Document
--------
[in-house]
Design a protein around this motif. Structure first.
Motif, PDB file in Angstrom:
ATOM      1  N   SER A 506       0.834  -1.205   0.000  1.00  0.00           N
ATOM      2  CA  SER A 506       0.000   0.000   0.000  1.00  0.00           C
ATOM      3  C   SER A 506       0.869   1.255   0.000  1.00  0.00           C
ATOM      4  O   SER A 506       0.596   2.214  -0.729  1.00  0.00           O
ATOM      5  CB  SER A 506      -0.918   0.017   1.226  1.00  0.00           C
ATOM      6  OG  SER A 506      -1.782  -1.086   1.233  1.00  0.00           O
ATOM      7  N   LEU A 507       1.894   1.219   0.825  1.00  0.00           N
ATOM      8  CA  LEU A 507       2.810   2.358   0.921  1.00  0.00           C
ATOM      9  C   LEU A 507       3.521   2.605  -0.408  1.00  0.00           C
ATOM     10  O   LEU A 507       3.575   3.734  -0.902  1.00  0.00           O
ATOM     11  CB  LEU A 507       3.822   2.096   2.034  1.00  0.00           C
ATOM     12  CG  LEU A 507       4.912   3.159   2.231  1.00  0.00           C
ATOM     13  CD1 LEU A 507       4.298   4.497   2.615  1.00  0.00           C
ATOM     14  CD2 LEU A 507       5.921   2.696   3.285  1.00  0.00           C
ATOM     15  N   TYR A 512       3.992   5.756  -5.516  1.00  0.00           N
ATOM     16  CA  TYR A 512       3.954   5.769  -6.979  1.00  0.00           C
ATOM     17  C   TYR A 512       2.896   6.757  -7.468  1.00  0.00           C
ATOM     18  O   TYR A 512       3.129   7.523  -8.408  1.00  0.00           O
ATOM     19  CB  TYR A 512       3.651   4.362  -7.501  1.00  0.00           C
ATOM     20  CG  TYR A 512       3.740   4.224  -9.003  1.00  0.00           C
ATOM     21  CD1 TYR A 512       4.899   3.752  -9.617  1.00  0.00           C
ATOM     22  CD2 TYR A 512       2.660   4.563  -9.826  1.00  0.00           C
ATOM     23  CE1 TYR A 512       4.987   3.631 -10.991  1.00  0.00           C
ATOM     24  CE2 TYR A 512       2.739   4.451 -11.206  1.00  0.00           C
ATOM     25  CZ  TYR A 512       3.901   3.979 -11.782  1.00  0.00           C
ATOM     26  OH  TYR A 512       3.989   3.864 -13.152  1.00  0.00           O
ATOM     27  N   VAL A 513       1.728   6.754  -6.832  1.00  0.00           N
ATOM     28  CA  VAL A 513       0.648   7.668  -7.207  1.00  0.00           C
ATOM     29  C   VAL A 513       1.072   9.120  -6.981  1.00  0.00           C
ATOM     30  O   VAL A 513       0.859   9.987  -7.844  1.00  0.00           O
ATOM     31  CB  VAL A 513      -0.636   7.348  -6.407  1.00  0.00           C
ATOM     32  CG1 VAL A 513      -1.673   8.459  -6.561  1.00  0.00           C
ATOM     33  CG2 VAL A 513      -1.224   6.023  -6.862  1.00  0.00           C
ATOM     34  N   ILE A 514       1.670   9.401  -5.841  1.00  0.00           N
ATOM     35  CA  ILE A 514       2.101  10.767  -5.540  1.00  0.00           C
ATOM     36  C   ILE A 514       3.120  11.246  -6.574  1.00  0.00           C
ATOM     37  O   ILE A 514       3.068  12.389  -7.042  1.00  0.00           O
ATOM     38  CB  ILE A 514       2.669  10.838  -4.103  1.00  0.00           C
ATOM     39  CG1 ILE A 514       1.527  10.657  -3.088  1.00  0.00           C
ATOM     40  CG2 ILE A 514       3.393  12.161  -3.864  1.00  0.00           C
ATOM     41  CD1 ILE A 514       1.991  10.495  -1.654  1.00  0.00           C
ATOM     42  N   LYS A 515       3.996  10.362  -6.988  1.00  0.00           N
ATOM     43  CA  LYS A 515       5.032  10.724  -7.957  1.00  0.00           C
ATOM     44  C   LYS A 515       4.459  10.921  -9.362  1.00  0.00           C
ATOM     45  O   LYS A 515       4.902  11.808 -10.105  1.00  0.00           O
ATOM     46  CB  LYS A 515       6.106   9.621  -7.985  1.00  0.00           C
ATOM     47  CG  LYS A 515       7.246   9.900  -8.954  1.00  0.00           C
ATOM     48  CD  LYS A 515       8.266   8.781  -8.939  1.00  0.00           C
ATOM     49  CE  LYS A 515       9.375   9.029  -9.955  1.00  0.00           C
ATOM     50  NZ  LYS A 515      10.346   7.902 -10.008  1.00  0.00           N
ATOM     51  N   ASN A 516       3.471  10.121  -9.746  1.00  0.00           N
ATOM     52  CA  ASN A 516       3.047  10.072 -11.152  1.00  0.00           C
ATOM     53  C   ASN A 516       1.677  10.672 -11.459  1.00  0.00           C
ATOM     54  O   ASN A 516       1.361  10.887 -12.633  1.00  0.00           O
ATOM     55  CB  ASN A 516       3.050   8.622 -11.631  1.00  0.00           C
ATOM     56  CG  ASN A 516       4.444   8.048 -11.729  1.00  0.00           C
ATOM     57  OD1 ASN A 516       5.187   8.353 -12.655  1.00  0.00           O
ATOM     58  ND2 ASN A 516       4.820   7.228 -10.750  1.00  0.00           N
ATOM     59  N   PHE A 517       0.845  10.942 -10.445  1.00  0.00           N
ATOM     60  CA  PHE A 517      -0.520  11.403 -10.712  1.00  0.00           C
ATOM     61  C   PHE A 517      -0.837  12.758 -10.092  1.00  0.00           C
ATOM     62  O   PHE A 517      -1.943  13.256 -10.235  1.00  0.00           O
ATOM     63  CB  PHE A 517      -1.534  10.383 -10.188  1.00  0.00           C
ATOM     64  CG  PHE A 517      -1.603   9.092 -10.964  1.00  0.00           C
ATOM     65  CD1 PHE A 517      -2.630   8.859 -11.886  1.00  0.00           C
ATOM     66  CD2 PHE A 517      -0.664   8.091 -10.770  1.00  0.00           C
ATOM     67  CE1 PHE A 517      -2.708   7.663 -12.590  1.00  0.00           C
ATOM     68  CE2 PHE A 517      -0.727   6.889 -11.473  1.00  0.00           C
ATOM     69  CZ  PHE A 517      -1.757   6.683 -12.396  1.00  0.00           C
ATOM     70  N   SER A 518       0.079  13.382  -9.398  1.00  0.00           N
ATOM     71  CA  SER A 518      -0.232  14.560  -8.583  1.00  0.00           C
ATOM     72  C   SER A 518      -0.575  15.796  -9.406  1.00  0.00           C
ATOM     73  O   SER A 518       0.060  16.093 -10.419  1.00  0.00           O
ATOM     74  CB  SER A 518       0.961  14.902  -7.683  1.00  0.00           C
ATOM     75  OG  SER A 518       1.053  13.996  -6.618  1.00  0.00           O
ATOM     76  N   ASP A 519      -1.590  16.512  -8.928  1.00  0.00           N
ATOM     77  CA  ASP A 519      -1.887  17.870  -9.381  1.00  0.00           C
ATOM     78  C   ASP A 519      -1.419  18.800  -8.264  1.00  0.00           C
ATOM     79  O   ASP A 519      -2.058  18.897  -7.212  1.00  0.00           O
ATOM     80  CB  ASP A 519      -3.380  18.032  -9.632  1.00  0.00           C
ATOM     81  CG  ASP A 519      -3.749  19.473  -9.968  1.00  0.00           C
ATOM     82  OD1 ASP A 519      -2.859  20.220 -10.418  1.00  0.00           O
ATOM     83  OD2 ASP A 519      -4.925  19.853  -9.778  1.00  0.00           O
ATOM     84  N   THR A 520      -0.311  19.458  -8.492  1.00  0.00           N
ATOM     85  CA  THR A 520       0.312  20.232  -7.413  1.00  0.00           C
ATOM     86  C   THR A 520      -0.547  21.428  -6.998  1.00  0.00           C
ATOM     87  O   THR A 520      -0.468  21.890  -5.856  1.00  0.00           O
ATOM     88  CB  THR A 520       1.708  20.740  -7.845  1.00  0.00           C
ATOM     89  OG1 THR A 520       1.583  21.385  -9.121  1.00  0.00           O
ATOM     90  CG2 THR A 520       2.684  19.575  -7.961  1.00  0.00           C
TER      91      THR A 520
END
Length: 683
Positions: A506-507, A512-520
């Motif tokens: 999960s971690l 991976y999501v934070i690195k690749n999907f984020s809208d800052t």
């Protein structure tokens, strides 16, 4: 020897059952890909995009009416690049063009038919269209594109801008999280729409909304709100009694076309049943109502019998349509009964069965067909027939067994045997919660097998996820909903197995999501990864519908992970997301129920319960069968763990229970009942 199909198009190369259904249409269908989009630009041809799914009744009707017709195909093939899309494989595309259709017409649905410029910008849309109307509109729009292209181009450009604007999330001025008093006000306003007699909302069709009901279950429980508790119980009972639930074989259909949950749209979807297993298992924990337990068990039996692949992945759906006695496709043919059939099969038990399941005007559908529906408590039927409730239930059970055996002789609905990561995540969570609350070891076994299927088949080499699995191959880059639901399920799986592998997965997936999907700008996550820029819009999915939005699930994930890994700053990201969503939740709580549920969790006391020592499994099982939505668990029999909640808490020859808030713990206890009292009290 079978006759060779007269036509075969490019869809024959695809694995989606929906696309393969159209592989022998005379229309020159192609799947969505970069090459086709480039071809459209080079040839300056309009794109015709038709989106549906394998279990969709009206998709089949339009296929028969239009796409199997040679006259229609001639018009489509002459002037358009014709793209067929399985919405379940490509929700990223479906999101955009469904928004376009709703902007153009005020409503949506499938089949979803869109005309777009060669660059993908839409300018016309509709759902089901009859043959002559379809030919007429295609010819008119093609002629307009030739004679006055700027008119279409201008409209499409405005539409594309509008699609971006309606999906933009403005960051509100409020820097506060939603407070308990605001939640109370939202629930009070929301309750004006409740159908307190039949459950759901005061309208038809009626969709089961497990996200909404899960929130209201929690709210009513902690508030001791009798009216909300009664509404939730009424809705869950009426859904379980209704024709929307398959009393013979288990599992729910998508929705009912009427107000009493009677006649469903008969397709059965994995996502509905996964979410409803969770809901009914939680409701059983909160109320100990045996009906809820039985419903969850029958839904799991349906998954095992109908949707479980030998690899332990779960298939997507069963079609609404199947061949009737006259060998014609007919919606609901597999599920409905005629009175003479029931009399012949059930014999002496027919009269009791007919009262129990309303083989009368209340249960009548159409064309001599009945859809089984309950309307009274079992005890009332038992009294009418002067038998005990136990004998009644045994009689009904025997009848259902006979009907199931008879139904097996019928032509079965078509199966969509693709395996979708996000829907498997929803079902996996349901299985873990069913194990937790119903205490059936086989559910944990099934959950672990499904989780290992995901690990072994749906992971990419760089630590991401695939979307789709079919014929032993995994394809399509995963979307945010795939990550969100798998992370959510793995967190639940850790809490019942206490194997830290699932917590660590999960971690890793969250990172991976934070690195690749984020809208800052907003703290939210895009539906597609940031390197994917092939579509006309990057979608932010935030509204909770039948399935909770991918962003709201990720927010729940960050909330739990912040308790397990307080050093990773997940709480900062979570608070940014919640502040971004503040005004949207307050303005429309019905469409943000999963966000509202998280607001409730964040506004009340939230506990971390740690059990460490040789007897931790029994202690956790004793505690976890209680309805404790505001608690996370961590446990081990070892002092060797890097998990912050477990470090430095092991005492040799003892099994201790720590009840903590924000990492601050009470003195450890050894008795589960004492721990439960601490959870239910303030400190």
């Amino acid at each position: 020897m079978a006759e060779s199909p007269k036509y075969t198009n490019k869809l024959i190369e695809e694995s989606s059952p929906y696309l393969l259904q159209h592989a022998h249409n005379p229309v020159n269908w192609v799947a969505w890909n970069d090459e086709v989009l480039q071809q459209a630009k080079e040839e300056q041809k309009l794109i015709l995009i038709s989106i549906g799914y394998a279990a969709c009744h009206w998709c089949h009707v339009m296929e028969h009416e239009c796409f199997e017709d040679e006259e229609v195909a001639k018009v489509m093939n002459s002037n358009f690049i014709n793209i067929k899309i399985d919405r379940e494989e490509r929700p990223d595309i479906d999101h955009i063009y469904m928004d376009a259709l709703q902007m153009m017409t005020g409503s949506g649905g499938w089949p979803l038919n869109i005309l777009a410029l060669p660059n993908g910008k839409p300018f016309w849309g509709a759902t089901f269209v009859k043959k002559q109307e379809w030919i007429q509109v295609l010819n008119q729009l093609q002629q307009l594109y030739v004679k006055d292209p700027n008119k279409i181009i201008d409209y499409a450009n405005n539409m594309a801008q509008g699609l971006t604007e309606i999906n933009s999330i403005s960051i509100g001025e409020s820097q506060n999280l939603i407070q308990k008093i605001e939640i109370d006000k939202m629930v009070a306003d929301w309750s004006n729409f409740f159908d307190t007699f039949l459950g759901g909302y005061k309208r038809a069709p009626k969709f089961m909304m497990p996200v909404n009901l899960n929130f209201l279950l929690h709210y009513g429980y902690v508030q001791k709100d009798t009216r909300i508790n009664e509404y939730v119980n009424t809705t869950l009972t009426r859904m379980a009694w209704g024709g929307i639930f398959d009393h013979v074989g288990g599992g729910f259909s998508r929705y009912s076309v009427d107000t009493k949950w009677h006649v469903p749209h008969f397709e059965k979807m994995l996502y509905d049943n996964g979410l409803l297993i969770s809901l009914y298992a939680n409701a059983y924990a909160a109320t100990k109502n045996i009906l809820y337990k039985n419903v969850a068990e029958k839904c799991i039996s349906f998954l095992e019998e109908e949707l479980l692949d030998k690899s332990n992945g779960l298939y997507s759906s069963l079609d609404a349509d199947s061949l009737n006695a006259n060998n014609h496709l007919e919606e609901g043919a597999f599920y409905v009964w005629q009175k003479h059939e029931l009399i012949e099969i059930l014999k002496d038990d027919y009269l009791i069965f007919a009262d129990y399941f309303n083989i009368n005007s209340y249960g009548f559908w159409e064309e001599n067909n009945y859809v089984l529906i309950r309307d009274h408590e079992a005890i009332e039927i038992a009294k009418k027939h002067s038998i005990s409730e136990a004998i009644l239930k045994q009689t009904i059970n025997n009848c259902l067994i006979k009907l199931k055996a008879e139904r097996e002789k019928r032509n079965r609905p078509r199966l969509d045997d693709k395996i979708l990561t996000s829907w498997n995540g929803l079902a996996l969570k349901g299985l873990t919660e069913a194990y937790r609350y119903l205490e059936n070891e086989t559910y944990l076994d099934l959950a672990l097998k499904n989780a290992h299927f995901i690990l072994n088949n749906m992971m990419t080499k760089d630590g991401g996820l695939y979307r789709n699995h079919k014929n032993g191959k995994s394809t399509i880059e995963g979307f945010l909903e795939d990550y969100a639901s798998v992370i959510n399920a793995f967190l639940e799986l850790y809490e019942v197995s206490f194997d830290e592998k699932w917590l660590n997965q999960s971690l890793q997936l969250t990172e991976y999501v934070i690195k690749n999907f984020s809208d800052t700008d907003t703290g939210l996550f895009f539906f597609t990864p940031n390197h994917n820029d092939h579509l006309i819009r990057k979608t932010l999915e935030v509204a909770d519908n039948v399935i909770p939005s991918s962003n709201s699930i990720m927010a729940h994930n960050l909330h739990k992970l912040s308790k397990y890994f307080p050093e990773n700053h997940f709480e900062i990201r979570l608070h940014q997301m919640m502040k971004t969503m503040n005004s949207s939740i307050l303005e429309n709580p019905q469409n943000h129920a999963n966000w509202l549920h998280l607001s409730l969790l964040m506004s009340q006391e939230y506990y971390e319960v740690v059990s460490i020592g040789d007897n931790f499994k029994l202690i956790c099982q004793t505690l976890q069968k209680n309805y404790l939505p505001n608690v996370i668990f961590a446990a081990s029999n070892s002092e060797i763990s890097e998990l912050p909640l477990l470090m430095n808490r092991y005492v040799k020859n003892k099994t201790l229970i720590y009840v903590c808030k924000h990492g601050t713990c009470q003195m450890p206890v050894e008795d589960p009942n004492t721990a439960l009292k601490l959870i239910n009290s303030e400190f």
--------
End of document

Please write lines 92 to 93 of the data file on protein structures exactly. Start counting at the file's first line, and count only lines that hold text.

ATOM     89  OG1 THR A 520       1.583  21.385  -9.121  1.00  0.00           O
ATOM     90  CG2 THR A 520       2.684  19.575  -7.961  1.00  0.00           C